By Mark Buncher, Ph.D., P.E.
The Asphalt Institute (AI) recently released “IS-240 State-of-the-Knowledge: Use of the Delta Tc Parameter to Characterize Asphalt Binder Behavior.” This 64-page technical document is available as a free download on the AI website. Search under either Engineering or in AI’s store for the document labeled Informational Series (IS) 240.
What is Delta Tc (ΔTc)?
Delta Tc (ΔTc) is an asphalt binder parameter that has been gaining attention from both researchers and user agencies seeking physical property parameters that will help ensure long-term asphalt pavement durability performance.
There is no new equipment or even a separate test that is necessary. The ΔTc value is simply calculated by using the results (S and m) from the standard Bending Beam Rheometer (BBR) test that is necessary for determining the continuous low-temperature PG grade. It is intended to be used on binder that has been short- and long-term aged (RTFO plus PAV), but can also be used on binder recovered from asphalt pavements.
ΔTc targets cracking behavior that is affected by asphalt binder durability related to aging of the binder in an asphalt mixture. More specifically, ΔTc provides insight into the relaxation properties of a binder that can contribute to non-load related cracking or other age-related embrittlement distresses in an asphalt pavement. Block cracking is the most common distress of this type.
The words in the title, “state of the knowledge,” are key in understanding the reason the Asphalt Institute and its members decided in April 2019 to write this document.
Prior to this document, relevant information pertaining to ΔTc was scattered among research papers, presentations, various meeting minutes and personal communications among individuals with interest in ΔTc. Consequently, it was difficult to find and sort through relevant sources of information. This document provides a single, comprehensive and up-to-date reference on the topic of ΔTc, which can serve as a focal point for dialog among agency users, industry producers, academia and others with a need to have a more detailed understanding of ΔTc and its relevance in characterizing the behavior of asphalt binder.
At the time the document was released in Oct 2019, ten U.S. user agencies had or soon will implement ΔTc as part of their purchase specification. Details around these cases are provided in the document, yet it is important to understand that the Asphalt Institute does not take a position on the adoption of ΔTc in a binder purchase specification.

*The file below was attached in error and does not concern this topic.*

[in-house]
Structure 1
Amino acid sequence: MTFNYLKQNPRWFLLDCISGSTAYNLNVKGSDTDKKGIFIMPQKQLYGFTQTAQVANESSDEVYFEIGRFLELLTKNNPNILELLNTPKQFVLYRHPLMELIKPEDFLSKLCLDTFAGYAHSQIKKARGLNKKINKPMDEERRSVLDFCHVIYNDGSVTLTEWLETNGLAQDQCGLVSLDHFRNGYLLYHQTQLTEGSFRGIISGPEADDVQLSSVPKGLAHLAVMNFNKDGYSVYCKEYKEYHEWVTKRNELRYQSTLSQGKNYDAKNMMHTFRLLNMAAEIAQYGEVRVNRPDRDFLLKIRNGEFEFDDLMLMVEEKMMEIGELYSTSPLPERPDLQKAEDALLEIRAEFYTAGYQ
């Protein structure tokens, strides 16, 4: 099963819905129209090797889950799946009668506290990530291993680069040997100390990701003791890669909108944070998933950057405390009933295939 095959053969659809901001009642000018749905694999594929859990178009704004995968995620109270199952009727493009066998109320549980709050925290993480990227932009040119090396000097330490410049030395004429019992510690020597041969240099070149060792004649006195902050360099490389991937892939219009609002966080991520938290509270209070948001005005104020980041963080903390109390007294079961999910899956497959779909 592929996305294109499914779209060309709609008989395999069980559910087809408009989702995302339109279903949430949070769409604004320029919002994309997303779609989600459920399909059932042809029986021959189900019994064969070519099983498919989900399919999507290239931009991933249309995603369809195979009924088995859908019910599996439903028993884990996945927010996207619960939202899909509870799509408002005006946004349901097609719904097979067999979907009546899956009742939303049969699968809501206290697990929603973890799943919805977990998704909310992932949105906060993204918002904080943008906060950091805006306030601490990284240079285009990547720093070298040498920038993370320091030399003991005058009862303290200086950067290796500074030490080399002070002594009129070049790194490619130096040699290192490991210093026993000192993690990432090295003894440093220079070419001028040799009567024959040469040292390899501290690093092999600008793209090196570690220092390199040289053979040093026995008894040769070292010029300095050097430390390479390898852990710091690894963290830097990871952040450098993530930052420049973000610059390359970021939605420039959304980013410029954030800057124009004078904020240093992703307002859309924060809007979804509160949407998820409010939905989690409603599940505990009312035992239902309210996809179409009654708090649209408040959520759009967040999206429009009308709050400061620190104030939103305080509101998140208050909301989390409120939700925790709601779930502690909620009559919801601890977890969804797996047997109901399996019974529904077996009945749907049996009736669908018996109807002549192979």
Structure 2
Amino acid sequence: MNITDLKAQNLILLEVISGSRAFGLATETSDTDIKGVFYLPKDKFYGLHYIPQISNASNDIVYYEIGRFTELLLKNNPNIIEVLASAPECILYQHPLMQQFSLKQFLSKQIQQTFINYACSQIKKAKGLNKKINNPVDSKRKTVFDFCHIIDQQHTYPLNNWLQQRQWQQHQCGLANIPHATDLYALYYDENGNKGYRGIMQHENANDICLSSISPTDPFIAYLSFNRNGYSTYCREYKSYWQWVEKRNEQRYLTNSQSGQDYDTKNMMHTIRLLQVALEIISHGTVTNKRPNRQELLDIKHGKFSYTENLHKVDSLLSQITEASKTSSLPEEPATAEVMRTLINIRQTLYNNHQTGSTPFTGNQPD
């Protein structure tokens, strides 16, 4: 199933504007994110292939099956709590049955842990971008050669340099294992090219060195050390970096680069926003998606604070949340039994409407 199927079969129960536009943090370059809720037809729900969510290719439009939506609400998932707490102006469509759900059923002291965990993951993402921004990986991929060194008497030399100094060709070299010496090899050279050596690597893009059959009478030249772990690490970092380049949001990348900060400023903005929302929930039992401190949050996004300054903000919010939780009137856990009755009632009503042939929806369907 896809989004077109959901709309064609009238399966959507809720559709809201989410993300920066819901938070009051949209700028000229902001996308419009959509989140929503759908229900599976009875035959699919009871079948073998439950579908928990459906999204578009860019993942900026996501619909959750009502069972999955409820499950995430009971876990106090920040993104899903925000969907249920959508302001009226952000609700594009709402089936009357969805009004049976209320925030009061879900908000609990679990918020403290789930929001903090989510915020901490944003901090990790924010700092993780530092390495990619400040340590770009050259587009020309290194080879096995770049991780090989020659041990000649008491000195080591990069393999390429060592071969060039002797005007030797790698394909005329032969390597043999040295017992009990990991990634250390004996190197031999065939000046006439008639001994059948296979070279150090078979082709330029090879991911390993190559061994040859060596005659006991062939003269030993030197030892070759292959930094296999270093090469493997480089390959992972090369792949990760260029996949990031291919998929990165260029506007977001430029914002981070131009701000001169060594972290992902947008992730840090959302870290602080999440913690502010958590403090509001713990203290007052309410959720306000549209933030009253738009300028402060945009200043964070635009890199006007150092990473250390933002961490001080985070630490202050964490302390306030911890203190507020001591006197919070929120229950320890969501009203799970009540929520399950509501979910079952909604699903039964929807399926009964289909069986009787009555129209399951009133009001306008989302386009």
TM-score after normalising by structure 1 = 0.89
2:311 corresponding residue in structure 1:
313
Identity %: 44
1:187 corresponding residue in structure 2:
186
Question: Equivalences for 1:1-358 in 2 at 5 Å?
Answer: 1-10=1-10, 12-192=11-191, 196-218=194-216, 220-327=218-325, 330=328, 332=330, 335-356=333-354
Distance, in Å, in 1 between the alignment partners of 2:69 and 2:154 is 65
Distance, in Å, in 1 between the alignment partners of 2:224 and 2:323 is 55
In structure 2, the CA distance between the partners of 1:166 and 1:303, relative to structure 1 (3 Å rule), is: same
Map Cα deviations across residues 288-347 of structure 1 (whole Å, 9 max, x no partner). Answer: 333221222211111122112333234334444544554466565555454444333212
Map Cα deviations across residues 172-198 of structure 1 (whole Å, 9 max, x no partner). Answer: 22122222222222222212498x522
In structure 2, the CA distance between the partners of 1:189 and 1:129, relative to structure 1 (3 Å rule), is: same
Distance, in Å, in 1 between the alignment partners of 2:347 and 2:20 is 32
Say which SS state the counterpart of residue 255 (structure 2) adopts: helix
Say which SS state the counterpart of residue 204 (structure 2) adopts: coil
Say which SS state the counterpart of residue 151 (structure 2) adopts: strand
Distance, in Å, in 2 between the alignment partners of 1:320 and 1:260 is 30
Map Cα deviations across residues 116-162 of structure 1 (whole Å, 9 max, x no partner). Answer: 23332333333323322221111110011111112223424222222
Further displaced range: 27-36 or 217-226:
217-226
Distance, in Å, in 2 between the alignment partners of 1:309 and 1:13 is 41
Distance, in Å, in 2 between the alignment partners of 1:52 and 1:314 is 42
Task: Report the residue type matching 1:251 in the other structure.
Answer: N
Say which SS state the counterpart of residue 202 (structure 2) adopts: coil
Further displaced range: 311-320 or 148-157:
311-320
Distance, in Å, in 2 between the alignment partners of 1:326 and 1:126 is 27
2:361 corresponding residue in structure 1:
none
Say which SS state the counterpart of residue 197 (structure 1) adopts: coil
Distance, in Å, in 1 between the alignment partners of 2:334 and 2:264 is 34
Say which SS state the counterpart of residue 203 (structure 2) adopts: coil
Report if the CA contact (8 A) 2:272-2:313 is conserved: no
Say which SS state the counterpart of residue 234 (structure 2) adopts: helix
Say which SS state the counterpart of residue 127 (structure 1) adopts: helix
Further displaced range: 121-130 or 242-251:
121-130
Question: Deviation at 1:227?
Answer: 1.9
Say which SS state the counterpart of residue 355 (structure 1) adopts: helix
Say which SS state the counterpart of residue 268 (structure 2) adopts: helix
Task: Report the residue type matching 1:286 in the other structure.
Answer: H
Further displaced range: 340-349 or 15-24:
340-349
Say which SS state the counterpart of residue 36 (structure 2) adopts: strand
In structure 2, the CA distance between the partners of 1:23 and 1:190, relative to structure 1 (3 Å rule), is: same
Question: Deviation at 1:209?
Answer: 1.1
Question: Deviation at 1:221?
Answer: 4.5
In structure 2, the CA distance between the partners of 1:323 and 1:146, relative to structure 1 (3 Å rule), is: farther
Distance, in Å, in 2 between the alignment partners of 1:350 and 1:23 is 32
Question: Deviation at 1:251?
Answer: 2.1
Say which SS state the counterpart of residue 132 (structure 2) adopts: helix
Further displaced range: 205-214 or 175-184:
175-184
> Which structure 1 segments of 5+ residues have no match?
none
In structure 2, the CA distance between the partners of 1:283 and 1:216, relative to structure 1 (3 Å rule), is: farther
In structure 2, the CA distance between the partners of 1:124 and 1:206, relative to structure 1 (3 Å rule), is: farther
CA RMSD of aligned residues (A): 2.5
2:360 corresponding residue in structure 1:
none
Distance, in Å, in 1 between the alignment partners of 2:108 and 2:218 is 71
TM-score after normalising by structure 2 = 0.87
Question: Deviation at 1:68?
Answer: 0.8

The goal of the document is to describe the current state of the knowledge around ΔTc and is not intended to persuade or discourage an agency from using it. The document does, however, describe a number of key steps that should be carefully considered before a purchasing agency implements ΔTc as a specification requirement.
The document is not light reading. It summarizes a considerable amount of research over the past decade with an abundance of data in the form of tables, charts and graphs.
Chapter 1 is an introduction, with chapter 2 describing the research (led by Asphalt Institute’s Mike Anderson) that led to the development of ΔTc. Chapter 3 provides a detailed explanation of how ΔTc is computed along with a review of the testing involved. Information is presented to help explain the physical meaning of ΔTc. To offer perspective on ΔTc, typical values are shown for a wide range of PG binders.
Chapter 4 provides information pertaining to factors that affect ΔTc. Laboratory aging, both normal and extended, is discussed and data is offered that illustrates the change in ΔTc with various forms of lab aging. In addition, data is presented describing the effect of other materials on ΔTc, such as recycled asphalt and elastomeric polymers.
Chapter 5 presents practical considerations related to the measurement of ΔTc, such as precision and the effect of ΔTc on laboratory workflow. The estimated effect of ΔTc on various asphalt pavement distress types is also described. Chapter 6 discusses ΔTc data derived from full-scale projects.
Chapter 7 covers the use of ΔTc in forensic and specification environments, including a discussion of those agencies that have incorporated ΔTc in their binder specifications. A list of steps is described that agencies are encouraged to consider as they contemplate the use of Delta Tc in a purchase specification. Alternatives to ΔTc for addressing block cracking are also provided.
Chapter 8 is a summary of recent national research projects pertaining to ΔTc. Chapter 9 is a brief summary to the document while chapter 10 simply lists the numerous references used. Lastly, a list of twenty frequently asked questions (FAQs) pertaining to ΔTc is presented in Chapter 11, serving as a quasi-executive summary.